When prospective students are evaluating your flight training program they likely follow the same decision making process they would use when purchasing any other goods or services. Sure, the timeline may be longer and the stakes may be higher but the underlying motivators remain the same. Why and how people buy is a highly talked about topic and this article does a good job of explaining four areas central to why we buy things: goals, plans, challenges, and timelines or GPCT. Let’s explore how you can understand GPCT for your prospective students and their goals, plans, challenges, and timelines when evaluating flight training programs.
Ask yourself, “why do people enter my flight training program?” Most likely students enroll to become pilots. Whether they are looking to become a pilot simply for their own personal gain or for a future career in aviation, the end goal is typically the same. But as you know not all pilot licenses are created equal. The requirements for operating as a weekend warrior versus obtaining a commercial license are vastly different. Therefore, you need to clearly understand what your prospective students’ true end goal is and clearly position your flight training program to help them meet this goal. For example if you are a smaller FBO flight training program, you may be more focused on recreational pilots looking to obtain their license for personal reasons. If that is the case, you will need to tailor your marketing to appeal more to the hobbyist and aviation enthusiast, not the career pilot.
Anyone with a goal needs a plan to help them meet their goal. For those looking to obtain a pilot’s license, aviation training will certainly be part of their plan. But how do you insert your program into that plan over your competition? You can achieve this through your recruitment and marketing efforts. For example, get out in front of young students early to influence their perception of a career in aviation. Further, marketing to today’s prospective students through online channels may help get your program noticed. These outbound efforts will promote your program as a viable solution in helping targeted students complete their plan of becoming a pilot.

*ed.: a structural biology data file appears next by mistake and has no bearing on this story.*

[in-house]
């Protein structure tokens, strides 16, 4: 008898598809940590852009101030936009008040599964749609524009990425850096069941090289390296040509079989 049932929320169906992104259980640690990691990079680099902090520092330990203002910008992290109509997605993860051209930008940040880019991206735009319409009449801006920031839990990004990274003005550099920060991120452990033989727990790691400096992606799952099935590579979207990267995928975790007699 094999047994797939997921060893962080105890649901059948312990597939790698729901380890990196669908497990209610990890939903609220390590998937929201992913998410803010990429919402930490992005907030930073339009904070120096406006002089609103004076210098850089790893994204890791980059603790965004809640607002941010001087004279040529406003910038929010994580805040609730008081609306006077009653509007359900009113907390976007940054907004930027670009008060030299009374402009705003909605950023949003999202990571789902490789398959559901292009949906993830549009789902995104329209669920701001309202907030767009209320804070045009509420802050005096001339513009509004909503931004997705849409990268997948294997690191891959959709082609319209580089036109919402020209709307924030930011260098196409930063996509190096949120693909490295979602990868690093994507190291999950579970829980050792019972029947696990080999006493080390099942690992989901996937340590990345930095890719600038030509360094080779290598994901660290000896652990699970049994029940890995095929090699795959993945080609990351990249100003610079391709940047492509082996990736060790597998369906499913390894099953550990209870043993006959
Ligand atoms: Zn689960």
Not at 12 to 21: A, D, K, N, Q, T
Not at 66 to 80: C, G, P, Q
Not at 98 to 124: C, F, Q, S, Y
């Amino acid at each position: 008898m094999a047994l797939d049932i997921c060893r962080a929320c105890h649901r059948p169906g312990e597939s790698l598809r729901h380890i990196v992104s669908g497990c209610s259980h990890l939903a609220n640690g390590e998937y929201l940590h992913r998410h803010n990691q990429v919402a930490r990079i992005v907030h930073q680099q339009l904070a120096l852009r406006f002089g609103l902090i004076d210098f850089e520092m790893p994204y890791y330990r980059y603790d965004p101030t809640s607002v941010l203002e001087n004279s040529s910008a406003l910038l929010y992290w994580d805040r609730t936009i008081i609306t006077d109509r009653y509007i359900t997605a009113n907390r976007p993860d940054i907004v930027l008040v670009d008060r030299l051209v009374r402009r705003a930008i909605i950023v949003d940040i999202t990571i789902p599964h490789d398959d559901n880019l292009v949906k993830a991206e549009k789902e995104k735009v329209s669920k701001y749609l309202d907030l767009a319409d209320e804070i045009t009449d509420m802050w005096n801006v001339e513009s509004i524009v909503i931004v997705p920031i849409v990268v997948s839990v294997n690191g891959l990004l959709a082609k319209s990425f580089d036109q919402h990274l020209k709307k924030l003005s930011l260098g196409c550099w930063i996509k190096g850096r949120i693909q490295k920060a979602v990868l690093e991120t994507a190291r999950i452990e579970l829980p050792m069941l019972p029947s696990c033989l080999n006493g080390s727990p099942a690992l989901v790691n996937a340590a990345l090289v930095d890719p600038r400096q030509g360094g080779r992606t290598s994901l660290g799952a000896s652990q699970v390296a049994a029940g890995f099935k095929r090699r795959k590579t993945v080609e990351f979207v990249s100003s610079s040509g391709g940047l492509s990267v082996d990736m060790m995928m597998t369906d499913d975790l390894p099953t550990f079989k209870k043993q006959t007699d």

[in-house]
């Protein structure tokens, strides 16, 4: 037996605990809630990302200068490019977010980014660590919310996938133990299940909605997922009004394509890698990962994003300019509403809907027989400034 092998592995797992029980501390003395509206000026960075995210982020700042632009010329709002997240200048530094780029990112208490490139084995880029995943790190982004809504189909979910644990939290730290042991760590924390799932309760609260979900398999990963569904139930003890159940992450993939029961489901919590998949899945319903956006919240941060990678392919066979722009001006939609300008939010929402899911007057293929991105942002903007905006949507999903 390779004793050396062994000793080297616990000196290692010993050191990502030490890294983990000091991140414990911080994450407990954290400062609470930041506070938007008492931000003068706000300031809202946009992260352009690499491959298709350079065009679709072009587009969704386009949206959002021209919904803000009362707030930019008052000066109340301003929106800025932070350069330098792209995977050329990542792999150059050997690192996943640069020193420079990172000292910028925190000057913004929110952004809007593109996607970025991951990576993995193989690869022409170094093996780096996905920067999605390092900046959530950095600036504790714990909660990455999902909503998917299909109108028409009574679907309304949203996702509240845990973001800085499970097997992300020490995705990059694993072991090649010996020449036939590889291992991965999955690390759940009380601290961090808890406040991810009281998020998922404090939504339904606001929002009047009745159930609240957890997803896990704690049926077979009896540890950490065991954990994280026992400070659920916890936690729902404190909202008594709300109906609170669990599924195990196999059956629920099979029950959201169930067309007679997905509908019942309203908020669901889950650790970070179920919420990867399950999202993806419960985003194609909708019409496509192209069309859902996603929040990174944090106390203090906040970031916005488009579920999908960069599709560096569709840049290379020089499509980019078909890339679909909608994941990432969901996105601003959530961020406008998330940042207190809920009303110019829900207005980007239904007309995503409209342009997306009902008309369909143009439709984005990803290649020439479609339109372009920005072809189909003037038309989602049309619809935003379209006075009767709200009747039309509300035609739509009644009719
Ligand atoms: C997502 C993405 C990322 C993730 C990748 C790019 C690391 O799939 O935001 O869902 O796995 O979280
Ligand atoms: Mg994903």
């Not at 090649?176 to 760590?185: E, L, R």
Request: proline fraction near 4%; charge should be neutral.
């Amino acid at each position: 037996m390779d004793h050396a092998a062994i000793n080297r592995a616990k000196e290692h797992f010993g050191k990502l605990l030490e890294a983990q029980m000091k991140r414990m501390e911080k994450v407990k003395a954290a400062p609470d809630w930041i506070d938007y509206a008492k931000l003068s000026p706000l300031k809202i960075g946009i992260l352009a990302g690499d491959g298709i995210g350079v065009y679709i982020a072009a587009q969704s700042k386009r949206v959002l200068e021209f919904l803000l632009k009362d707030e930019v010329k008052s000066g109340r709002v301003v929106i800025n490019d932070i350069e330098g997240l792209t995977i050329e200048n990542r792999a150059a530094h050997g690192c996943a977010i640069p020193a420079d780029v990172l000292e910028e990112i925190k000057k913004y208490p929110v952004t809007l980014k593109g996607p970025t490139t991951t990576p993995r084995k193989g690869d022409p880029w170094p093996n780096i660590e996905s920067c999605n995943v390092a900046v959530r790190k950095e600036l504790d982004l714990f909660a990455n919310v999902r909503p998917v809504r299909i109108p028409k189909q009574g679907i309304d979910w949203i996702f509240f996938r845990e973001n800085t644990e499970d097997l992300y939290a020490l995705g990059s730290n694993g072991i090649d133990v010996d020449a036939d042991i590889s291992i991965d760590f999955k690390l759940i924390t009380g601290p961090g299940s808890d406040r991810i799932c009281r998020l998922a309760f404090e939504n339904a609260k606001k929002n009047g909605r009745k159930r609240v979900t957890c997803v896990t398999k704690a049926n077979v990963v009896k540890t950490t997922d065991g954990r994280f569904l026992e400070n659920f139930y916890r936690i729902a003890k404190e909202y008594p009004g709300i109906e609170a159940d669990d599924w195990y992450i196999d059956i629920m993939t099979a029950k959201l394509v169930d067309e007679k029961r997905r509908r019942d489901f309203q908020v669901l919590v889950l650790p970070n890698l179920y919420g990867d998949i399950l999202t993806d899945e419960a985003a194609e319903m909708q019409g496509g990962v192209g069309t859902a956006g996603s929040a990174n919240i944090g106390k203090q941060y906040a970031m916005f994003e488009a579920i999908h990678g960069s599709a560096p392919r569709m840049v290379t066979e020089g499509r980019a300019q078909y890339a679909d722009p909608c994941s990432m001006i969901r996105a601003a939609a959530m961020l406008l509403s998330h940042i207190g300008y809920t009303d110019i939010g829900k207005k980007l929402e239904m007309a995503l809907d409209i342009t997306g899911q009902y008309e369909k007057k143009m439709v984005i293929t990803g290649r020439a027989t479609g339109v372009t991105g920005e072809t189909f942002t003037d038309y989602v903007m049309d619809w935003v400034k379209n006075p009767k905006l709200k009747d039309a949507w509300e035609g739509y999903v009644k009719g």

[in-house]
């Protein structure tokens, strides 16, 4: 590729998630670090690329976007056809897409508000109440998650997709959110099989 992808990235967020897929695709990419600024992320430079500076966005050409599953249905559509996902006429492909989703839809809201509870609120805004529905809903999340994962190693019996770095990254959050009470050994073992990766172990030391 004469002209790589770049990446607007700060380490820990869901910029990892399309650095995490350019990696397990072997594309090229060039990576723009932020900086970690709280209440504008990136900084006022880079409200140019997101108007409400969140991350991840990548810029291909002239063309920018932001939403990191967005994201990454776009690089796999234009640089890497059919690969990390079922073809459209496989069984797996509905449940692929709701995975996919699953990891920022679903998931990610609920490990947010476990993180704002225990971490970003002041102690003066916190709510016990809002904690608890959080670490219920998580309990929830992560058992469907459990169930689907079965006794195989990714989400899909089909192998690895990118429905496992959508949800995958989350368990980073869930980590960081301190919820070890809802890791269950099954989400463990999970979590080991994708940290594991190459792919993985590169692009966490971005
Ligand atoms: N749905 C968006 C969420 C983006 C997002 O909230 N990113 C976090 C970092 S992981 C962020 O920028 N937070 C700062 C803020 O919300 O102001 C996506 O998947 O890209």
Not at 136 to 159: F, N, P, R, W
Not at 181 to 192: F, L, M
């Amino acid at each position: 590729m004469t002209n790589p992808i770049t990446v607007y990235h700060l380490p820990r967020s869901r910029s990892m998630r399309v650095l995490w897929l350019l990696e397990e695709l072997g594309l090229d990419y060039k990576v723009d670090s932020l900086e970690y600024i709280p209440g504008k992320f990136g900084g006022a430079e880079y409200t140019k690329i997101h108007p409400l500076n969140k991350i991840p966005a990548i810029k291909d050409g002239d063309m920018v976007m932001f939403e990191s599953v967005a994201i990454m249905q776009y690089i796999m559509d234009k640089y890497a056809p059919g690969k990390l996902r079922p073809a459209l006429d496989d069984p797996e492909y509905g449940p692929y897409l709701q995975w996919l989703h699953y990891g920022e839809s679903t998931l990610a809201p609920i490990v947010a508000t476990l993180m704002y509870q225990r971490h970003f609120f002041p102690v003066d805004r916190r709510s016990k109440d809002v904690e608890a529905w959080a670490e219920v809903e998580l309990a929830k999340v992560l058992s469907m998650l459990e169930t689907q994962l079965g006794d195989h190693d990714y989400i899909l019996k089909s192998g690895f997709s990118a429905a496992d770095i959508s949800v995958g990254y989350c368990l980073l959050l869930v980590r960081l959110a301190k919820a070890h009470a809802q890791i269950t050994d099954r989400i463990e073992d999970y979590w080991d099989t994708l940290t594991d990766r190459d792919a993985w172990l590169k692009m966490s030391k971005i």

Many challenges arise as students go through flight training. After all, the student pilot dropout rate is anywhere from 50-70%, in the U.S., higher than any other nation. Aviation programs can be both demanding and costly resulting in students’ losing site of the end goal. Your flight training program should identify these challenges and be able to help prospective students overcome them en route to their license. If cost is going to be a challenge for some of your students, consider your ability to offer scholarships or other types of monetary funding to help them overcome this. Your students will spend a lot of time in-training with your flight instructors. Make sure you have high-quality educators that will make your program more enjoyable and effective for your students. Being able to clearly articulate challenges students may face and show how your program can help them overcome these challenges, will make you more attractive to your prospective “buyers.”
Timelines are important to prospective students so you need to make sure your program meets the student’s time frame, or you won’t be the right fit. Think about your program and the options for coursework and training that you provide. For example, some prospective students will want to put their full-time efforts into learning flight. Others may only be able to commit to a part-time endeavor. Does your flight training program cater to both audiences or do you prefer to focus on just one? Understanding the GPCT of your prospective students will help you understand why they buy, enabling you to position your program accordingly. In part two of this series, we’ll look at how people buy and what it means for your flight training program.